• … and their mates. Do you have any mutual friends? If so, can they vouch for them? If they only have a handful of random contacts with no mutual friends, it’s usually a telltale sign of a fish in our midst…
  • Get real. If it seems too good to be true – it probably is (sorry to be bursting the bubble). Watch out, if it’s all getting a bit too serious, too soon and they’re making obscure promises, get the hint. They aren’t going to fly you to the Caribbean and David Beckham most definitely doesn’t send random people friend requests. Sorry, move on.
  • Got the story straight? Make sure everything they’re telling you adds up (trust your gut instinct). Conflicting information is a sign their whole identity is built on lies, so it’s hard to always keep the story straight. Remember, fish only have three-second memories, it’s easy to let something slip by when you’ve constructed an entire web of lies…
  • Skype ‘em. If they don’t want to Skype, Facetime or even Snapchat, this is a big red flag. Catfishes are often very camera shy. It’s an easy excuse to spot because they are hiding their true identity, so beware.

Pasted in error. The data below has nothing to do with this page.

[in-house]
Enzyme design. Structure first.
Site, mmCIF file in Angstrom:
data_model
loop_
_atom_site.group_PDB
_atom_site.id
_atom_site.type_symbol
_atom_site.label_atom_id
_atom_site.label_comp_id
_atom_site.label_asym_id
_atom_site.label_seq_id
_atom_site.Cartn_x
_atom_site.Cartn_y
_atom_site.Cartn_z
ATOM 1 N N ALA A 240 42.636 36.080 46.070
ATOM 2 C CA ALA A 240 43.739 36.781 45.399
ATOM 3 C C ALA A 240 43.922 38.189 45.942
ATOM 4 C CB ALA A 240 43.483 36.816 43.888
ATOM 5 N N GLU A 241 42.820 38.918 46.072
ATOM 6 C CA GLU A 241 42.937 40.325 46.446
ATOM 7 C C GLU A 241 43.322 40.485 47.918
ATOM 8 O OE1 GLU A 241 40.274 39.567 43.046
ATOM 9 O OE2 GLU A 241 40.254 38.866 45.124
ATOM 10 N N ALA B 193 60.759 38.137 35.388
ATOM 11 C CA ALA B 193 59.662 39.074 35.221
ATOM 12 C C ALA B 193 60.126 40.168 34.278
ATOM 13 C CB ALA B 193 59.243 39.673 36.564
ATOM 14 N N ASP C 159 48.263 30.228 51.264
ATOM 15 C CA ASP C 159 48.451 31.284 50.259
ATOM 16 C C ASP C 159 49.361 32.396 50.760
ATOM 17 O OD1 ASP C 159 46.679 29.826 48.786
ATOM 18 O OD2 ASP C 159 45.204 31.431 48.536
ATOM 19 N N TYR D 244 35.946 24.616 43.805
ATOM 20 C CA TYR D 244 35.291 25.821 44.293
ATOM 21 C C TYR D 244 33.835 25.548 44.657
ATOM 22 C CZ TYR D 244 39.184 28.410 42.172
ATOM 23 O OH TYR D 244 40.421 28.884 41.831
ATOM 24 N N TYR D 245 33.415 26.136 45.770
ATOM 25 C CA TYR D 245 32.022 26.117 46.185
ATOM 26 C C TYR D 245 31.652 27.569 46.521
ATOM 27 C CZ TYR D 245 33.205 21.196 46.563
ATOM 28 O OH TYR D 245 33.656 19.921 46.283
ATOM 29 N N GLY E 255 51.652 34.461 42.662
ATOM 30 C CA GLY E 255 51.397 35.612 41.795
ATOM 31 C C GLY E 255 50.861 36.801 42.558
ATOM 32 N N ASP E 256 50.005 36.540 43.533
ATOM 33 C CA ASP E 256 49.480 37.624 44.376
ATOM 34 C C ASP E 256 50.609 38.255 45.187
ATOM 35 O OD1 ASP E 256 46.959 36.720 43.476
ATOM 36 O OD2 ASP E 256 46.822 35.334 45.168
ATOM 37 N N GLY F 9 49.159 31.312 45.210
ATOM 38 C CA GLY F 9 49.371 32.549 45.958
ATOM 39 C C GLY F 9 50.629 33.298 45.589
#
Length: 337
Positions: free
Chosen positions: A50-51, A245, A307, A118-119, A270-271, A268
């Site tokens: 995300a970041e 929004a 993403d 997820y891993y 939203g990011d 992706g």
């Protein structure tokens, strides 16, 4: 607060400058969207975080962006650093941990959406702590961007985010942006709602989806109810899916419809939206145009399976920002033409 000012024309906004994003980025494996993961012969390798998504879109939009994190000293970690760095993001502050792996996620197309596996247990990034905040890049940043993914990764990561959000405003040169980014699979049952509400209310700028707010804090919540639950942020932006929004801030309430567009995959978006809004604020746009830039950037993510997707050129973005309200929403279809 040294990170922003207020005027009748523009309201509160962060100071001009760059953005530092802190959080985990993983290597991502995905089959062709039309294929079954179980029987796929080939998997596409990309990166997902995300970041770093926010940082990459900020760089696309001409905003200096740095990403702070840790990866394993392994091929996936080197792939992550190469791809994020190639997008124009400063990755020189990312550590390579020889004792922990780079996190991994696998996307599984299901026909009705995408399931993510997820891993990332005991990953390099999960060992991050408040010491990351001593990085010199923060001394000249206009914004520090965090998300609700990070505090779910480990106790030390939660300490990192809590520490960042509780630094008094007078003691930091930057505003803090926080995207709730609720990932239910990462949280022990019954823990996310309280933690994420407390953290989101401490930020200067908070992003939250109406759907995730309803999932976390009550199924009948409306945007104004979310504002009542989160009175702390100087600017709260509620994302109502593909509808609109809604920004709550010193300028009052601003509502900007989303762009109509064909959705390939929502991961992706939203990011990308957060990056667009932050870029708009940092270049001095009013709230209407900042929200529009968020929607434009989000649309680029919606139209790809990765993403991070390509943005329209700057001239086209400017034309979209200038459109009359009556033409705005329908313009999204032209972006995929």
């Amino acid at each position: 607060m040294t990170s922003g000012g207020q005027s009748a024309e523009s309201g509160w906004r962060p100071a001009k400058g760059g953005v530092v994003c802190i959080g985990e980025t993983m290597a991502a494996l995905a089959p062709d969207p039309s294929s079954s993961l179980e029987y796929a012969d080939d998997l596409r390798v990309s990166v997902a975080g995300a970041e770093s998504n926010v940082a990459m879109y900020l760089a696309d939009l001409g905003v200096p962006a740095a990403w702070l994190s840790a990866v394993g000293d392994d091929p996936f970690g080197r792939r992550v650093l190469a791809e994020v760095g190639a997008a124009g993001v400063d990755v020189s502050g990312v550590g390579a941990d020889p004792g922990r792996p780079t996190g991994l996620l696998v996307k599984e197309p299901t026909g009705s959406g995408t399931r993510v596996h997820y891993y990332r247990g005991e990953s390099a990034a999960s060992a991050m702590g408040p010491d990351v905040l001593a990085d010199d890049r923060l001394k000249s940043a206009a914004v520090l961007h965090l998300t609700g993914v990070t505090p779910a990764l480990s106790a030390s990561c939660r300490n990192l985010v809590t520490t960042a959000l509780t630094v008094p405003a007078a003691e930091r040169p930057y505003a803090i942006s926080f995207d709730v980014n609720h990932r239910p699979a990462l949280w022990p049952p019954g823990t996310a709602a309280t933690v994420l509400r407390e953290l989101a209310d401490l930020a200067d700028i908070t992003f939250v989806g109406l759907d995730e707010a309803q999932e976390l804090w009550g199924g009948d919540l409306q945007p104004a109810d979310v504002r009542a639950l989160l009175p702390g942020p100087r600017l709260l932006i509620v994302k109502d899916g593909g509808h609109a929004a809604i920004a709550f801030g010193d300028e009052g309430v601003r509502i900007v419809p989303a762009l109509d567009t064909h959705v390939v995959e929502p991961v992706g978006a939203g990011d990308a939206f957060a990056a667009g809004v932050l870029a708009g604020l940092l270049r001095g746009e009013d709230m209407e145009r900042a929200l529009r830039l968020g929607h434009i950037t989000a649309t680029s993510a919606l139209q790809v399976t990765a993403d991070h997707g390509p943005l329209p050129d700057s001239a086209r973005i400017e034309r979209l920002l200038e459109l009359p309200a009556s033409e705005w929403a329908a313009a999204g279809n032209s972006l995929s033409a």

• Watch out for elaborate stories e.g., lies. Catfishes tell outrageous lies which are often a dead give-a-way. A Catfish may well claim to be a model, be in a job that makes them travel to extravagant locations or work in the music industry. This will create little niggling doubts in your mind, listen to them!

Ultimately, if you’re doubting it – you’re most likely right. But before you go join the FBI as a detective, none of the above methods are fool-proof. They can, however, give you a good indication as to how credible somebody is.

If you are going to meet up with someone online, we would strongly recommend that you do it in a public place like the shopping Mall. Always arrange to meet in the daytime and always tale somebody with you or at least have a mate nearby on standby. Most importantly, never go without telling an adult first.